“It was actually the first show we’d ever played. We were playing some dinky festival in a parking lot. This was after… you know, everything… had happened, and everybody said I should just keep at it, that life gets better.”
Scooter had pried Jake’s whole life out of him up to this point, so he knew what everything meant. At least, he had a nice summary to work from, enough to file things away in the right drawer.
“What was your band’s name?”
“I’m not telling”
“Why the hell not?”
“It’s ridiculous,” Jake said, sprawling back out on the ramp.
“Christ,” Scooter said, looking up at the stars. “You know, it’s impossible for everything you do to be awful.”
“Fine… it was called Jungle Gym Fever.”
Which is funny, because that was my band’s name. This story I’m telling is full of odd coincidences like that, each an oblique sharing of my failures. Jake continued before Scooter could comment, knowing that he wouldn’t but wanting to be safe.
“Anyway, it was really fucking windy out, I mean really windy. We started the first song and the drummer’s set list blew away, and then I forgot what song we were playing. At one point in that first song we were playing three different songs at once.” Jake let his beer roll down the ramp, tilting his head back to watch it roll into the dust. “It didn’t matter. After two songs there was only one person there watching. Even my dad had walked off. It was the most depressing thing ever.”
Scooter laughed and said, “This from a guy who later walked in on his dad hanging himself. So, is that why you don’t talk to Alex?”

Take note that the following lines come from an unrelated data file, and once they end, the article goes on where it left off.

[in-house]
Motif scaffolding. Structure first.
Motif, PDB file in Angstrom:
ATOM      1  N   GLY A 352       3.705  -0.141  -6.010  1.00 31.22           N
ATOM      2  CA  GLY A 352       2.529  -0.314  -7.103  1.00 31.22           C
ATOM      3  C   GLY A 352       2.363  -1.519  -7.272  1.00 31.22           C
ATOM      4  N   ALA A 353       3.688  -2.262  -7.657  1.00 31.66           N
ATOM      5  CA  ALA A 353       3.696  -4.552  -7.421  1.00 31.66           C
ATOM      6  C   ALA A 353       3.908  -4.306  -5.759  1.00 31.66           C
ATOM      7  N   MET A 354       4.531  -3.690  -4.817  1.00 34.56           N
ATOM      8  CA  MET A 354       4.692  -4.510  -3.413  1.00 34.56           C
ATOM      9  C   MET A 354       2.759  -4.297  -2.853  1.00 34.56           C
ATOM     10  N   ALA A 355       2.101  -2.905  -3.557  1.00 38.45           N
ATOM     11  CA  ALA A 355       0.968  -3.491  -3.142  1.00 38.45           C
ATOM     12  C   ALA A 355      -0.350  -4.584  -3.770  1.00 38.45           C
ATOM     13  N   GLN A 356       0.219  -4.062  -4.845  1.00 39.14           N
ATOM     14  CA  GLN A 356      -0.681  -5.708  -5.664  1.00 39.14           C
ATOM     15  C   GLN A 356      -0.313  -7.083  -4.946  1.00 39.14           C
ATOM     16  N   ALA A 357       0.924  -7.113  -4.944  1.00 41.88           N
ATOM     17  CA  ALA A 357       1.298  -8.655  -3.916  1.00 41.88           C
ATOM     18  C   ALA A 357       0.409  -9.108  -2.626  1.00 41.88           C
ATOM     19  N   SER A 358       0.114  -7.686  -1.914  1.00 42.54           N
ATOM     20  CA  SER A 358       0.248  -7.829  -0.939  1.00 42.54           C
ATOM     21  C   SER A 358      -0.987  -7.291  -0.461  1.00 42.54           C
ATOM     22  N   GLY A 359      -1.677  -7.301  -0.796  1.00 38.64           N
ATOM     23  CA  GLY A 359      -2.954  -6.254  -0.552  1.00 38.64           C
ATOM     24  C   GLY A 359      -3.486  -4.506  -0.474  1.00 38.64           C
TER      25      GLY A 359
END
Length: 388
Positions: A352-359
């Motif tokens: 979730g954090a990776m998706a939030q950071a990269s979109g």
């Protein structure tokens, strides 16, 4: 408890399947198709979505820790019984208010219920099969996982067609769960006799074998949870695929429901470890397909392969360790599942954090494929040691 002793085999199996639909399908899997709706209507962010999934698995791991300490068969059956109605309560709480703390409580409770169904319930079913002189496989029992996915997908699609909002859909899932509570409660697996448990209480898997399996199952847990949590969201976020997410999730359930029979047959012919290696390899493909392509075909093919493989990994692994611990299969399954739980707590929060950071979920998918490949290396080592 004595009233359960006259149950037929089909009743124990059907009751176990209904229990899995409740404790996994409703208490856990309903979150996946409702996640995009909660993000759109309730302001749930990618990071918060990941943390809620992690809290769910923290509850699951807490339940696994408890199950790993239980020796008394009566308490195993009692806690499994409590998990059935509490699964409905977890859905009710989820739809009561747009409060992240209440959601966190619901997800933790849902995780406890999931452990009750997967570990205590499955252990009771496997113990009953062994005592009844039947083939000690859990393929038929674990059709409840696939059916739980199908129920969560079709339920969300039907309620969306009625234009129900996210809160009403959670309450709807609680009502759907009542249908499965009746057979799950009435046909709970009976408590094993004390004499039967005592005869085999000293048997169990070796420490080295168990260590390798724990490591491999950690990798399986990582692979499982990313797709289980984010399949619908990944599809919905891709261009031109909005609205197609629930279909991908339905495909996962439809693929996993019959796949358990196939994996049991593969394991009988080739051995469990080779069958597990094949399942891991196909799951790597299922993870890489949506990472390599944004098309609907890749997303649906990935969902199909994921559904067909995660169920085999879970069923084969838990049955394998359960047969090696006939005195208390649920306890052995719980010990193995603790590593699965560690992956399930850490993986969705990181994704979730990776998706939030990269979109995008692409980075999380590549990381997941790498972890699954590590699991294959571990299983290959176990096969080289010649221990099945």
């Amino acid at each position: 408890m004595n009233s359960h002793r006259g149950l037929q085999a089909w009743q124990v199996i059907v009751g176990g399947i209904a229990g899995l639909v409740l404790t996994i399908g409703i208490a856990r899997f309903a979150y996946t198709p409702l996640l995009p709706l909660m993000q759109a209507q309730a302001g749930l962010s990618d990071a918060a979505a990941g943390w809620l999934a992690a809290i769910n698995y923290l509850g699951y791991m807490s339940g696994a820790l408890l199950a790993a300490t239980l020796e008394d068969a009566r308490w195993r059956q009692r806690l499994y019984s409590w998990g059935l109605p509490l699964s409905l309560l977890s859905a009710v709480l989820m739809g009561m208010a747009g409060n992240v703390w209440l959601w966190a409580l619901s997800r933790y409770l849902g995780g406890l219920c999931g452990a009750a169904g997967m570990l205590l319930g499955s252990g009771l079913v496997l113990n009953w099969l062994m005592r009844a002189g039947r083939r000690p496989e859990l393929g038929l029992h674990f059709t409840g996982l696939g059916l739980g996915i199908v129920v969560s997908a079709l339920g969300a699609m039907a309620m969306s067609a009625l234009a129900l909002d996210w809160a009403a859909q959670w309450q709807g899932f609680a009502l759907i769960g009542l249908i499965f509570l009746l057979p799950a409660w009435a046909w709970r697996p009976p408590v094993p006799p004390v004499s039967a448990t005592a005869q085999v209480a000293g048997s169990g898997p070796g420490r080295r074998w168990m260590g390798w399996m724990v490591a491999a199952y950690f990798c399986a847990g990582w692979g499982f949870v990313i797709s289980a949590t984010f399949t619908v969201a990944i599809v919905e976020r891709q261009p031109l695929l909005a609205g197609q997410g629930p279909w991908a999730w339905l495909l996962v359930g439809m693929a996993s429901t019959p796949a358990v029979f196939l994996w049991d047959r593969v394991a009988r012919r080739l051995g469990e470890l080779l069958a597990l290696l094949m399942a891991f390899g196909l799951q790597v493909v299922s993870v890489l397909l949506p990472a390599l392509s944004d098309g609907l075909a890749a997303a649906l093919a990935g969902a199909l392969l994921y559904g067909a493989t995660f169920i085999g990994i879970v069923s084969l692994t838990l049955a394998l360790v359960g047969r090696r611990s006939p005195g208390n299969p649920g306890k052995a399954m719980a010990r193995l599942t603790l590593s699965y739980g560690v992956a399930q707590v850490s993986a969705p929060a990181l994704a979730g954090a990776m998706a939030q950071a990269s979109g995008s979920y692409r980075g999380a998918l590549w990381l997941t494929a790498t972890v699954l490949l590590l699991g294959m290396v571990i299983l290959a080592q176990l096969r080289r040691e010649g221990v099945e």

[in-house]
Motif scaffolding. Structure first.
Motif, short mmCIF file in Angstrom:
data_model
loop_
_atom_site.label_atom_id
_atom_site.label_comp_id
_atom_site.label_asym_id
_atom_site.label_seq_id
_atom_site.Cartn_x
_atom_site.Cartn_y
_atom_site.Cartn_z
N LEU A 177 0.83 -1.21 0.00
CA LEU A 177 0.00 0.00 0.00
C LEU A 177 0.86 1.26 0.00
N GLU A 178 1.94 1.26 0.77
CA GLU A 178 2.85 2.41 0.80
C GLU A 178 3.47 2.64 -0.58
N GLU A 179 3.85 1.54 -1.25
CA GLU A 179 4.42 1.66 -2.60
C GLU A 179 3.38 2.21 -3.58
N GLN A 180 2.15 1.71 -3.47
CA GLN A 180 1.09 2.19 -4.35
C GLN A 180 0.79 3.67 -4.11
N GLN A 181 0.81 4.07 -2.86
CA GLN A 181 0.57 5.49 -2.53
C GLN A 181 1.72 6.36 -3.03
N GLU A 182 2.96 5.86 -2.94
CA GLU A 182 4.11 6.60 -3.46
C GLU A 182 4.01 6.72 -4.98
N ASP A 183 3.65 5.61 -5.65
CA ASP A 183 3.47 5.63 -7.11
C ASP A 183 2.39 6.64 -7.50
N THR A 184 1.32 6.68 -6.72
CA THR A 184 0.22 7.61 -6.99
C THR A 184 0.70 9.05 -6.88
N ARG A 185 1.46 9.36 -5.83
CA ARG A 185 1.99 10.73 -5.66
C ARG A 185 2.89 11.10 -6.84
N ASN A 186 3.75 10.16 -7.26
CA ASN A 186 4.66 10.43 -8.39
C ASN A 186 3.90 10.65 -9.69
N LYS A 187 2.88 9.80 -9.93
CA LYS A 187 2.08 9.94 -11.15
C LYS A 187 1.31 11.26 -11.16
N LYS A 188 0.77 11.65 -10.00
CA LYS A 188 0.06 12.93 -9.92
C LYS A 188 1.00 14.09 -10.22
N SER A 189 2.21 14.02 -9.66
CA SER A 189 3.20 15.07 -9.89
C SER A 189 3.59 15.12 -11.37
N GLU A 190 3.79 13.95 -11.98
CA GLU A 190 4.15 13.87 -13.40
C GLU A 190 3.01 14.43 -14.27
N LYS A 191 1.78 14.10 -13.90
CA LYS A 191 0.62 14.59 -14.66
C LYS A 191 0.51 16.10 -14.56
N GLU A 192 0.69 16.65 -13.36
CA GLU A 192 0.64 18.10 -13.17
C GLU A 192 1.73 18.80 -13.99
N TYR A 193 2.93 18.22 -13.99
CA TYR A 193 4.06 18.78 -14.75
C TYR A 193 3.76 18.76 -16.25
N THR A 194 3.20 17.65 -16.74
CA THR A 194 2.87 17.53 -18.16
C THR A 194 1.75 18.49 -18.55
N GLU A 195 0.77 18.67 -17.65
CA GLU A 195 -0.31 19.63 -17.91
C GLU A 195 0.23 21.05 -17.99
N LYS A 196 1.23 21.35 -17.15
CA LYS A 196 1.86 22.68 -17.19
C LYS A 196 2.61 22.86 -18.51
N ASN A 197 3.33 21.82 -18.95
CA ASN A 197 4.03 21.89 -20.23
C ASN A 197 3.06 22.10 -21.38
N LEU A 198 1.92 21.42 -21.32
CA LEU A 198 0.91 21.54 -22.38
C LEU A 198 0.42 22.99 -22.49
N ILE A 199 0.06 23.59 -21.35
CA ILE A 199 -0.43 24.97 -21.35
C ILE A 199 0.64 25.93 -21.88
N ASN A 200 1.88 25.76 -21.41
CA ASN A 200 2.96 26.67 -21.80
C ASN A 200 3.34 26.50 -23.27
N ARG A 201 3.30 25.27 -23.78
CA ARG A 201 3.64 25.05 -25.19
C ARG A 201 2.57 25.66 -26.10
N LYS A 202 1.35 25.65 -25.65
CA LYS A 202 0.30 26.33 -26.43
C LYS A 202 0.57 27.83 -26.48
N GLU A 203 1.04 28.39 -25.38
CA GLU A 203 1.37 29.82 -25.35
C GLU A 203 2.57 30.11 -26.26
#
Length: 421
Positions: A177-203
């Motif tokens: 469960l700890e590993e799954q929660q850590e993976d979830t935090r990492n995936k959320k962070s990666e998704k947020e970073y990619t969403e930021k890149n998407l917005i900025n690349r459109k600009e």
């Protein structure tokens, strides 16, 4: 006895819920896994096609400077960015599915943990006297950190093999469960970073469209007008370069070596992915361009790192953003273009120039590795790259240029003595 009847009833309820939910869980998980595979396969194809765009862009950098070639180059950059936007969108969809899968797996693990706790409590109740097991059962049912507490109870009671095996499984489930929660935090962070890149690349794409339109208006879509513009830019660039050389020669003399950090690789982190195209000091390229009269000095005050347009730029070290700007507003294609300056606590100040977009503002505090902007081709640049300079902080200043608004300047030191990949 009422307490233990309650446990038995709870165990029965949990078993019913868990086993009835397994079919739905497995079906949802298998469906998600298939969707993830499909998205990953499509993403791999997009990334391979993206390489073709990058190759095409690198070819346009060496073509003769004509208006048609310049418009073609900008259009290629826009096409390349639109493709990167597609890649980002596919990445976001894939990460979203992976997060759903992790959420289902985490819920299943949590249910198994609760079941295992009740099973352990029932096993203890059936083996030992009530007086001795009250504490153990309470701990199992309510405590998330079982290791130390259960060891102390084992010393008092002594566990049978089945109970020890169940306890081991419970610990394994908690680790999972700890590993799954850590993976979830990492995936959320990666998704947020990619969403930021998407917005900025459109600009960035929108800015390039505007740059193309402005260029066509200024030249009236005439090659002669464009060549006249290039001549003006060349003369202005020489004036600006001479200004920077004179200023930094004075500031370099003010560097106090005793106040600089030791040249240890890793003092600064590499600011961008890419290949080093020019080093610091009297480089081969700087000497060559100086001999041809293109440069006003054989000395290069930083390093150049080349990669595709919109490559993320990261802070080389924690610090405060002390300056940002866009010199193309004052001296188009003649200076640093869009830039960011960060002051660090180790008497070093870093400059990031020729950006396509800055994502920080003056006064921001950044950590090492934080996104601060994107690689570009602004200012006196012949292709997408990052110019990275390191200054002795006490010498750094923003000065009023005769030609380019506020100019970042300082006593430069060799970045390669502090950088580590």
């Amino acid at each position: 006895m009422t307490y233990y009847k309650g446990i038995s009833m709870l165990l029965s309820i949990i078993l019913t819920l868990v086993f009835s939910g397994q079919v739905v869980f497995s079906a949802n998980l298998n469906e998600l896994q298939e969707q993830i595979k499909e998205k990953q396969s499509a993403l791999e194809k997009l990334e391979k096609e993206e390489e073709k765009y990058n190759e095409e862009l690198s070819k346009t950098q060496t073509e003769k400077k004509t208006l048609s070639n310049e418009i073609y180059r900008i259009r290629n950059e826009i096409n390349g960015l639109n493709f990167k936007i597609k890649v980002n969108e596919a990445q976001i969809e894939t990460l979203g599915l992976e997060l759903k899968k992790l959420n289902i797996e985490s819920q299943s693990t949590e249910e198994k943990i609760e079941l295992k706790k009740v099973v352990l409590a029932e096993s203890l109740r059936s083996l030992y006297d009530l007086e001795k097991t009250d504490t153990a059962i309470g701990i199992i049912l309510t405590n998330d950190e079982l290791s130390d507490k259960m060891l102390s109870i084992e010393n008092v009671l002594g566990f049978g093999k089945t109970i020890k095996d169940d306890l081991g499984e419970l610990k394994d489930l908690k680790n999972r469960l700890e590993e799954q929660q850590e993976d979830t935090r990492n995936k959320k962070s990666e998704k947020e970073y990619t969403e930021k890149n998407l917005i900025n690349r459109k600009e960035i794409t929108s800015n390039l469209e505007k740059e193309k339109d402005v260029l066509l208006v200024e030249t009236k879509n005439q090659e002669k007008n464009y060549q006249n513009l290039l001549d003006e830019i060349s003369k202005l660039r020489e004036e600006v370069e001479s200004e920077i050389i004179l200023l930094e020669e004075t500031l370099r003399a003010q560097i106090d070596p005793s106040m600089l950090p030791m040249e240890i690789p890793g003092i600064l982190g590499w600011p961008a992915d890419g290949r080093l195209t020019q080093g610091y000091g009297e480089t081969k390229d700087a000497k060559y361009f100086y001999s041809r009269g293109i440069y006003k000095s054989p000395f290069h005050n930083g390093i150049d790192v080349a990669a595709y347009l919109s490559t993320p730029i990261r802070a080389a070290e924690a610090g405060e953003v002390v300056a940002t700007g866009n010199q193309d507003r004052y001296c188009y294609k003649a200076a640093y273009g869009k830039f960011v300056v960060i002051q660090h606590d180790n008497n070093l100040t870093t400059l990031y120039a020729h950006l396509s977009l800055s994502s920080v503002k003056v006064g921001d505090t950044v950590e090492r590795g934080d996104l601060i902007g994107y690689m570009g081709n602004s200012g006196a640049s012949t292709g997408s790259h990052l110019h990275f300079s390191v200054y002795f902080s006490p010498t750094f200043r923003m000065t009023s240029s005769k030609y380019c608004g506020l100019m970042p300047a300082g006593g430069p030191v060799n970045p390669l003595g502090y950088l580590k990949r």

“What?” Jake wasn’t listening—he only half asked it—because the old man had stood up and started trying to break open the car’s door. He pulled on the handle a few times and it groaned, but nothing happened. He set his bag on the roof and picked something up off the ground, Jake couldn’t tell what, and he put it through the window, the sound of it mimicking the broken bottles below them. Then he brushed the glass aside with his sleeve and crawled through, laying down on what must have been a bench seat.
“Because you can’t handle rejection.”
“I’ll shut up when you stop being a pussy.” Scooter said it as he looked Jake right in the eyes, dead serious. Jake hated that word—his dad used to use it when there was no one else around.
“I thought you didn’t use the word. You said it’s degrading to vaginas everywhere.”
“See, I gave you a chance to dodge the question, and you did.”
Jake sat up and let the blood go back to his legs. They had fallen asleep, dangling over the side, so he pulled them up and sat with his legs crossed. He turned around to watch the old man, but he was still lying down in the front seat, out of view. Jake wanted another beer but didn’t want to get up and walk over to the cooler.
Scooter, still lying down, looked at the sky and smiled. “And anyway, what alternatives are there? There’s really no other word than pussy for when you really mean it.”